And as with meeting notes and other business content, the code entered into a query for debugging purposes can then be used to train the algorithm—and end up being incorporated into the code generated by the tool for other users.

To keep the GAI explosion from undermining security, CISOs need to move quickly and thoughtfully to implement policies governing use of AI tools across the enterprise. As a baseline, these rules should include:

  • Prohibiting the use of unsanctioned AI tools
  • Prohibiting employees and contractors from entering sensitive information such as code, meeting notes, intellectual property, and personal data into any AI query
  • Including language about the usage of AI tools in standard confidentiality agreements

Emerging best practices to govern employee use of AI tools include policies encompassing:

  • Data use. For example: Any company data must never be fed into a public-facing AI/ML system.
  • Quality assurance. For example: A human must always check the output from AI/ML systems to verify and validate its source and accuracy.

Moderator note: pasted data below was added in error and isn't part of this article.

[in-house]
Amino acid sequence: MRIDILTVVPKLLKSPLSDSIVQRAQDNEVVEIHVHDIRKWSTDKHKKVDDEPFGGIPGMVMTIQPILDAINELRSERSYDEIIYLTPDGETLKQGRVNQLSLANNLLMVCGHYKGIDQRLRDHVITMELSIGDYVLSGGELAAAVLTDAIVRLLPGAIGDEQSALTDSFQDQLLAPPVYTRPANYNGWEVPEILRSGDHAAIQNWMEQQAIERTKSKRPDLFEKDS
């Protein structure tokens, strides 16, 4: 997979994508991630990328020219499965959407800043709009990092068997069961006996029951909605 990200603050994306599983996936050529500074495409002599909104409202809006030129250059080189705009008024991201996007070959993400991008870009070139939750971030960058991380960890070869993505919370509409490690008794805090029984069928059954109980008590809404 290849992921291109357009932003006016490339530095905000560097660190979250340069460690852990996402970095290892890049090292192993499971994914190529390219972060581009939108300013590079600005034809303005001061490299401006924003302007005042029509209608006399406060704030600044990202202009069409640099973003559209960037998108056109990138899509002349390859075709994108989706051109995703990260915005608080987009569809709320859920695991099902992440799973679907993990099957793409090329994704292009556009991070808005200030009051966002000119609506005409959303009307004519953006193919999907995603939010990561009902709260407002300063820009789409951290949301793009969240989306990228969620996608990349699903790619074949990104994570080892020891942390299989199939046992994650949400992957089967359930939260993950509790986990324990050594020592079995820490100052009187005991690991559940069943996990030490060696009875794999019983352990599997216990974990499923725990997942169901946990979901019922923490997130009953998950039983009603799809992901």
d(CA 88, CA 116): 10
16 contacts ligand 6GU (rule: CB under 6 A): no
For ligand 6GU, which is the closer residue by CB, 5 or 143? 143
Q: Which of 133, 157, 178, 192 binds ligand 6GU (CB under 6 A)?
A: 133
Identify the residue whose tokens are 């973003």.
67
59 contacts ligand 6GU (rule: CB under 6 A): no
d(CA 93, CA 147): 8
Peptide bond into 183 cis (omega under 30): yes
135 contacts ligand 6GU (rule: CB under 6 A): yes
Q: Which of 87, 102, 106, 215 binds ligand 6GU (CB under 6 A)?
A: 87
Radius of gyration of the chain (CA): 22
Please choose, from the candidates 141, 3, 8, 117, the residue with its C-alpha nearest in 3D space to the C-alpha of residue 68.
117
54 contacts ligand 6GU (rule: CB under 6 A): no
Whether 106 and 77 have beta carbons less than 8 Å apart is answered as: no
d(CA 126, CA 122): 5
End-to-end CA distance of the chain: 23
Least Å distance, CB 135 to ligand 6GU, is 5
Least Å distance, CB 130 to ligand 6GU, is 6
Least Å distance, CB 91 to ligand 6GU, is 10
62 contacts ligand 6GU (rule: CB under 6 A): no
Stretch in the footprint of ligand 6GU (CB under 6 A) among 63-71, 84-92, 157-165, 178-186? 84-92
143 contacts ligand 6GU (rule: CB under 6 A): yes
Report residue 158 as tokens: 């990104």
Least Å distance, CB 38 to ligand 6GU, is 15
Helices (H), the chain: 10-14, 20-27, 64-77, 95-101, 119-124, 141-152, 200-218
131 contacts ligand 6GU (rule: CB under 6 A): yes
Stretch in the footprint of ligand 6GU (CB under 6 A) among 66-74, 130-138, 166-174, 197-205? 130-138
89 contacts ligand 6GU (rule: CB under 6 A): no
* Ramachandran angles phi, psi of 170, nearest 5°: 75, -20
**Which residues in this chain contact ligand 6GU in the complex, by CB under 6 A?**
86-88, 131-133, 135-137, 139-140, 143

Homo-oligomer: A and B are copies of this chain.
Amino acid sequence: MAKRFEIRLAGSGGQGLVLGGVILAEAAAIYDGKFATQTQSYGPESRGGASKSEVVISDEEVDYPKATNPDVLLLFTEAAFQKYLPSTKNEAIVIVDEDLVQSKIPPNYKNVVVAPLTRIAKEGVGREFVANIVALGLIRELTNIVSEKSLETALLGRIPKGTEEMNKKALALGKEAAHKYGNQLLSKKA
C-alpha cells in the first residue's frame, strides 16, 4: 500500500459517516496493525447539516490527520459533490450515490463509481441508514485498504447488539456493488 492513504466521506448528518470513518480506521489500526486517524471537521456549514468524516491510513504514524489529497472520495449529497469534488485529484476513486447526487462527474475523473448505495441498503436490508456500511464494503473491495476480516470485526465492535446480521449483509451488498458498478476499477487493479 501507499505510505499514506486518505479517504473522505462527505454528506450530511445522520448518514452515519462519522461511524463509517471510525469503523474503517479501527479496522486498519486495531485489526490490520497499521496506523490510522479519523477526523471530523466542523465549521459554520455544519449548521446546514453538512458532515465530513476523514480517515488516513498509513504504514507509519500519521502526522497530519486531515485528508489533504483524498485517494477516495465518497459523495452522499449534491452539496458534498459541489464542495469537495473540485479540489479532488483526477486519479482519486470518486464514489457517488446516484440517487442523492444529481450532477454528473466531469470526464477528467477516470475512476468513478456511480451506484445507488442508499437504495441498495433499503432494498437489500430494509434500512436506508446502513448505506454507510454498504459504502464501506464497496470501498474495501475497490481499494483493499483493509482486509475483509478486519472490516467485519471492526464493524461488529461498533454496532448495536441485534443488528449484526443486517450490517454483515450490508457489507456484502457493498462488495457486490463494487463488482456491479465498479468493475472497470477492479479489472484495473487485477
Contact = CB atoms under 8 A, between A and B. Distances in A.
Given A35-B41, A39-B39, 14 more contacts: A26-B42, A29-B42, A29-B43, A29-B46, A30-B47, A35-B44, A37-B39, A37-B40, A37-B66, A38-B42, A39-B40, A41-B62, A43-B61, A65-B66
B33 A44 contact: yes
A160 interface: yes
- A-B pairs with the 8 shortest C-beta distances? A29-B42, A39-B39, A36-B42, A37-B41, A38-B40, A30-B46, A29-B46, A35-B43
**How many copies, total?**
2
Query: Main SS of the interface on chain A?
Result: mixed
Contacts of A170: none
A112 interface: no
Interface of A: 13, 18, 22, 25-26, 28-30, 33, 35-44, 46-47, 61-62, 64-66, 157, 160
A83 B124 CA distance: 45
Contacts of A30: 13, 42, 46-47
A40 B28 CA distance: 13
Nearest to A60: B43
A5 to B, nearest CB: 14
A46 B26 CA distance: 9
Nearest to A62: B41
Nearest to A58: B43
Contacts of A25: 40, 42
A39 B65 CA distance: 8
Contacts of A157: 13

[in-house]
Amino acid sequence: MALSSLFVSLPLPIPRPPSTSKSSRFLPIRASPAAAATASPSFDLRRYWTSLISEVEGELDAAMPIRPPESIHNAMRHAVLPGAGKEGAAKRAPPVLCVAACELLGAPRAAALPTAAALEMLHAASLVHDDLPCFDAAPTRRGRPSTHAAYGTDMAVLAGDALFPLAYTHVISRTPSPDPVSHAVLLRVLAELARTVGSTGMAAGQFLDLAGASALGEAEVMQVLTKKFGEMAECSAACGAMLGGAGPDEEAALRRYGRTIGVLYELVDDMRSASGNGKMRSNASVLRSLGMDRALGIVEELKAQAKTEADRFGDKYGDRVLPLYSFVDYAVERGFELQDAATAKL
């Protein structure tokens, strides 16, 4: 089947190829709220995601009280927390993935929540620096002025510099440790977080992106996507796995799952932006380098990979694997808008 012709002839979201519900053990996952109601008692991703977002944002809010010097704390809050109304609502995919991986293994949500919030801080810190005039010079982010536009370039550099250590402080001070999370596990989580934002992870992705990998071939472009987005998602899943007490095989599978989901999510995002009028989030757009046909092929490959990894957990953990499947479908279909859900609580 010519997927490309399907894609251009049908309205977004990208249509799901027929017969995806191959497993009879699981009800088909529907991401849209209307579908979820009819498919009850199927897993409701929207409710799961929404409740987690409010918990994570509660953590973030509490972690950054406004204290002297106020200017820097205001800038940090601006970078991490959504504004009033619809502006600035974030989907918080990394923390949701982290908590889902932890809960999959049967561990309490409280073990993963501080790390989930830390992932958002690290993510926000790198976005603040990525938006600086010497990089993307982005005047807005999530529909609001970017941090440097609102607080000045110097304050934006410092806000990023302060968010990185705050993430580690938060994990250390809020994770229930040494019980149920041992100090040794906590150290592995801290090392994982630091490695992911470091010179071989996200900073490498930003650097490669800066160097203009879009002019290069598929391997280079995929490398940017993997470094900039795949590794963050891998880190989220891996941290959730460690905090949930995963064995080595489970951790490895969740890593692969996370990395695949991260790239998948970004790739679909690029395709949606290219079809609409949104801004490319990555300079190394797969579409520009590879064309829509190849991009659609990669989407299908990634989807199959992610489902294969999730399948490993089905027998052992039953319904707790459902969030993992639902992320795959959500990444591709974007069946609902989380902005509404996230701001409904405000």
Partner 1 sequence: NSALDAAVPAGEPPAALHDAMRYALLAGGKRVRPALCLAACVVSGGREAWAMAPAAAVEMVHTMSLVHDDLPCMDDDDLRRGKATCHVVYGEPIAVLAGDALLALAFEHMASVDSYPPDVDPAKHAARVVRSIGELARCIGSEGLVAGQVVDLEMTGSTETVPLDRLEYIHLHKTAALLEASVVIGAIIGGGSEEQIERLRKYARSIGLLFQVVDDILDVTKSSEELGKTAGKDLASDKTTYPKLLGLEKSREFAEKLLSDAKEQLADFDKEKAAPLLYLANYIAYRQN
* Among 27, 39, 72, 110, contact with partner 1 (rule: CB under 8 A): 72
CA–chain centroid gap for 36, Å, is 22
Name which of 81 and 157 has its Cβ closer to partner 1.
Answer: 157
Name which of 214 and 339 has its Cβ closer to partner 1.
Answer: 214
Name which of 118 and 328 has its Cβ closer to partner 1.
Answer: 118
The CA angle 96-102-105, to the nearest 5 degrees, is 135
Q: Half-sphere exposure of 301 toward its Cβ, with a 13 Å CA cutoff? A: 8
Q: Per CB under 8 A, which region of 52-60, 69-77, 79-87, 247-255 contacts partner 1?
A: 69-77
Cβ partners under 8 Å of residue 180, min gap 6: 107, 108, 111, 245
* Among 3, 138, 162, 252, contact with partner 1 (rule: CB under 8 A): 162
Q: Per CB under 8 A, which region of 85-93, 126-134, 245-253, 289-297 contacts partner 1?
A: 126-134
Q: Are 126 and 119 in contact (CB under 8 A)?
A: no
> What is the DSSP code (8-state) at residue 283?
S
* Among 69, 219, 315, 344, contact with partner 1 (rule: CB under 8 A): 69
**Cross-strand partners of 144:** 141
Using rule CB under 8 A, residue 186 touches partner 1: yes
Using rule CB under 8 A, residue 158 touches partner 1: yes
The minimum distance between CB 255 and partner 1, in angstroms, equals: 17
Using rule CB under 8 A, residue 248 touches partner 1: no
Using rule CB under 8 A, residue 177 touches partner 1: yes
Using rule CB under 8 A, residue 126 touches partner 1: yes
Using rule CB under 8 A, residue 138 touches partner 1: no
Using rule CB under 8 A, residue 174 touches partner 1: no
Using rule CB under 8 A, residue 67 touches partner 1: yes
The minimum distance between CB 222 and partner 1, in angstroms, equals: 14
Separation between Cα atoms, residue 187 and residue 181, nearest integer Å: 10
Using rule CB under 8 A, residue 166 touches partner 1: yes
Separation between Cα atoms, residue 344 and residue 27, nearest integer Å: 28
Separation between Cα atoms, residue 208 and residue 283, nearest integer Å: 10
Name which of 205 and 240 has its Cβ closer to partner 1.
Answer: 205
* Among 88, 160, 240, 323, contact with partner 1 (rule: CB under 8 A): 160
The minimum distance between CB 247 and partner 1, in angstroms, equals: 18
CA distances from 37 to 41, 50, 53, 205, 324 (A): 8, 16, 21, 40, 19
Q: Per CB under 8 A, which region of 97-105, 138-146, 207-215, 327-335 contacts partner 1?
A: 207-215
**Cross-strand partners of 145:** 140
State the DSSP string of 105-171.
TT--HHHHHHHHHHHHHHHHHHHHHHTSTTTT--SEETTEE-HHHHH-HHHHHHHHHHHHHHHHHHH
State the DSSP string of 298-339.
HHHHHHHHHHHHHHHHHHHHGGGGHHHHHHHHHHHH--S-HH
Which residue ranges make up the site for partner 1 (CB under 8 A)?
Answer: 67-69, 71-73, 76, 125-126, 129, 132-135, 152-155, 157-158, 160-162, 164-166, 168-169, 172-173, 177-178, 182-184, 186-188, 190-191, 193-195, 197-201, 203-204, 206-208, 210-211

• Data privacy. For example: Users must immediately delete any sensitive personal data received from the AI /ML system that is unrelated to their current activity. 
  • Incident reporting. For example: If there has been an actual or suspected incident concerning the exposure of sensitive data to public facing AI/ML systems, it must be immediately reported to security personnel.

AI can be a powerful tool—but it can also create grave security issues. By taking a proactive, thoughtful and intentional approach to acceptable use policies within the company, and being vigilant about the potential threats arising outside, companies can ensure that the current wave of AI innovation doesn’t overwhelm their security posture.